As a clinical scientist working in physiological sciences, you'll examine the functioning of organs and body systems in order to diagnose abnormalities and disease
You'll use specialised equipment and techniques to measure, for example, the functioning of hearing and balance, or of organs such as the heart, lungs and brain in patients who may be seriously ill or have long-term health problems.
You'll also record and report the physiological data you obtain to help diagnose disease, plan treatment and the management of long-term care, and measure the effects of previous treatment. You'll often work in hospitals, although there are also opportunities to work in the community visiting patients.
To work as a clinical scientist, you must be registered with the Health & Care Professions Council (HCPC).
Types of work
The areas covered by physiological sciences are:
- cardiac science
- critical care science
- gastrointestinal physiology
- ophthalmic and vision science
- respiratory and sleep sciences
- urodynamic science
- vascular science.
Job titles and responsibilities will vary according to your specialist area.
Your duties depend on the area in which you choose to specialise. However, in general you're likely to:
- use specialised equipment to perform clinical physiological tests
- record and analyse physiological data from equipment in order to help medical staff diagnose or manage conditions
- report physiological data to help diagnose disease, identify treatment regimes and measure the effects of treatment
- measure the functions of a patient's body, such as digestion or breathing
- get patients and equipment into correct locations and positions for monitoring
- give assistance and reassurance to patients during their medical tests and/or operations
- monitor patients' conditions and provide them with relevant information and instructions to help educate them about their care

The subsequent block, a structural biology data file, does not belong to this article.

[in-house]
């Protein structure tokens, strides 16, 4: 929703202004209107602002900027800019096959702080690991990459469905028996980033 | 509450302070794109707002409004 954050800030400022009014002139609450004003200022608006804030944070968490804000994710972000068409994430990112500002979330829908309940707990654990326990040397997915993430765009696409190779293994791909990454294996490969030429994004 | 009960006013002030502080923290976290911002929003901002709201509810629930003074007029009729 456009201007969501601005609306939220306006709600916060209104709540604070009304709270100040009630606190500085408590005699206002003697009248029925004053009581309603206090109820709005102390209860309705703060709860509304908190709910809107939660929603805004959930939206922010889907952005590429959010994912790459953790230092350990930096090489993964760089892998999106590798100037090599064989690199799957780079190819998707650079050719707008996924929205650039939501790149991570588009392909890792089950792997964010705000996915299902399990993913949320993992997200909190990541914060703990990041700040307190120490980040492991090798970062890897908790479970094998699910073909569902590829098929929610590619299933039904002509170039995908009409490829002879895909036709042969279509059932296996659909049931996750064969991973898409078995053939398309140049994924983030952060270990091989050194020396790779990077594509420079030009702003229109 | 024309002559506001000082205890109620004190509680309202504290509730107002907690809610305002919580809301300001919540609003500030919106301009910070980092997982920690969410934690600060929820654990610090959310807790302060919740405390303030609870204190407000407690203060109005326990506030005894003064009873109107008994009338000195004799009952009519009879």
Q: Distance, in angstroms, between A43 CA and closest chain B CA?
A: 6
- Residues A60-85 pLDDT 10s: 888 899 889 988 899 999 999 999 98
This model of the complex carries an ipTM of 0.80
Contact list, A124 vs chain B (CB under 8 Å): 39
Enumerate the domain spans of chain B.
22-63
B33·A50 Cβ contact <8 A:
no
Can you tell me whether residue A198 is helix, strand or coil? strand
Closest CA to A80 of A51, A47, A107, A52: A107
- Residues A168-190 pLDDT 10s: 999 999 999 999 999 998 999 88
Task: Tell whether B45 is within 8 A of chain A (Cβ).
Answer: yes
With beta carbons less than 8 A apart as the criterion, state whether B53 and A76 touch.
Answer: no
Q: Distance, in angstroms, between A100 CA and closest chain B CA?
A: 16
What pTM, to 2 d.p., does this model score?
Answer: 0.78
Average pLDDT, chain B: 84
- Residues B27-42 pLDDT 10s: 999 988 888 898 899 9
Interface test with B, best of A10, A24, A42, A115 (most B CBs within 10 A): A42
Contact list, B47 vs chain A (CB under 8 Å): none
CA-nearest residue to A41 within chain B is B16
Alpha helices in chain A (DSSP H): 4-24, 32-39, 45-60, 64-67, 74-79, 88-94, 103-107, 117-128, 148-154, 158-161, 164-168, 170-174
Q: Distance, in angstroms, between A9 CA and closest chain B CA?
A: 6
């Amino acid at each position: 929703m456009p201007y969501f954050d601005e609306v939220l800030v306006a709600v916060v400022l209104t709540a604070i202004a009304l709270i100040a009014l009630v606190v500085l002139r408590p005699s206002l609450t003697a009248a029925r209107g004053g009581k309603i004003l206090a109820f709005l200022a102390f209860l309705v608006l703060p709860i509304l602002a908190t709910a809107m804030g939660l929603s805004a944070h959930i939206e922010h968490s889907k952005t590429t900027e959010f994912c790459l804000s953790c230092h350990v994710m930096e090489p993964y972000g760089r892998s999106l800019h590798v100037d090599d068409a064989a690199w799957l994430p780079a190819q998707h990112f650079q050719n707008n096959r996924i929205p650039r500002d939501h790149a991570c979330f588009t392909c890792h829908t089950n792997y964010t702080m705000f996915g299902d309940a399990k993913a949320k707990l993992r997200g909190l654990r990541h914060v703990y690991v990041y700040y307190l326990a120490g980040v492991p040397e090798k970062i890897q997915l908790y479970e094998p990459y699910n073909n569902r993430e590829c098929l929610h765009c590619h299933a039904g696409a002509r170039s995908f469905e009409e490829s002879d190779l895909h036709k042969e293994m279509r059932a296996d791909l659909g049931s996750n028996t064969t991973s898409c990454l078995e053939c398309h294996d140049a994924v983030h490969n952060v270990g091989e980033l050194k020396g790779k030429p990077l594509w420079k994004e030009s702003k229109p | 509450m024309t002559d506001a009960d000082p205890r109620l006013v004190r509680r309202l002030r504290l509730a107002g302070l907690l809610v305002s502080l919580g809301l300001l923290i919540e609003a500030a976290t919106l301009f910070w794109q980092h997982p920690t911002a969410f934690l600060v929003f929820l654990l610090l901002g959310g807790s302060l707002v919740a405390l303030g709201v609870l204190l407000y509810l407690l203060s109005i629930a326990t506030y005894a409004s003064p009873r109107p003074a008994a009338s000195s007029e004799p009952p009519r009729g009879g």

- maintain and calibrate equipment, including therapeutic and diagnostic equipment used in patients' homes
- ensure the safe use of expensive and complex equipment and any related substances
- report equipment faults and ensure that appropriate levels of medical consumables are maintained
- teach, train or supervise trainee clinical scientists and other members of the healthcare team
- carry out research in addition to carrying out diagnostic tests
- undertake management tasks where you may oversee resources, such as staffing, budgets or equipment.
- Jobs in the NHS are usually covered by the Agenda for change (AfC) Pay Rates consisting of nine pay bands. Trainee clinical scientists are usually employed at Band 6, starting at around £26,000.
- Once qualified, you're likely to be employed on Band 7 (£37,570 to £43,772).
- Salaries for senior and consultant clinical scientists range from £44,606 (Band 8) to £103,860 (top of Band 9), depending on your experience, responsibilities and training.
Those working in London and the surrounding areas may receive a high-cost area supplement of between 5% and 20% of their basic salary.
Salary levels for clinical scientists working for private companies, universities, government bodies and other organisations may vary.
Income figures are intended as a guide only.
You'll usually work a 37.5 hour week, although you may be required to work a shift pattern, including weekends and nights.
Part-time work is available.
What to expect
- Work is mostly hospital-based, either in operating theatres, in outpatient departments and clinics or on the wards. Some hospitals provide services to smaller community hospitals or within community settings, including patients' homes.
- Work is carried out as part of a multidisciplinary team alongside a range of health and social care professionals such as nurses, doctors, physiotherapists, pharmacists and porters.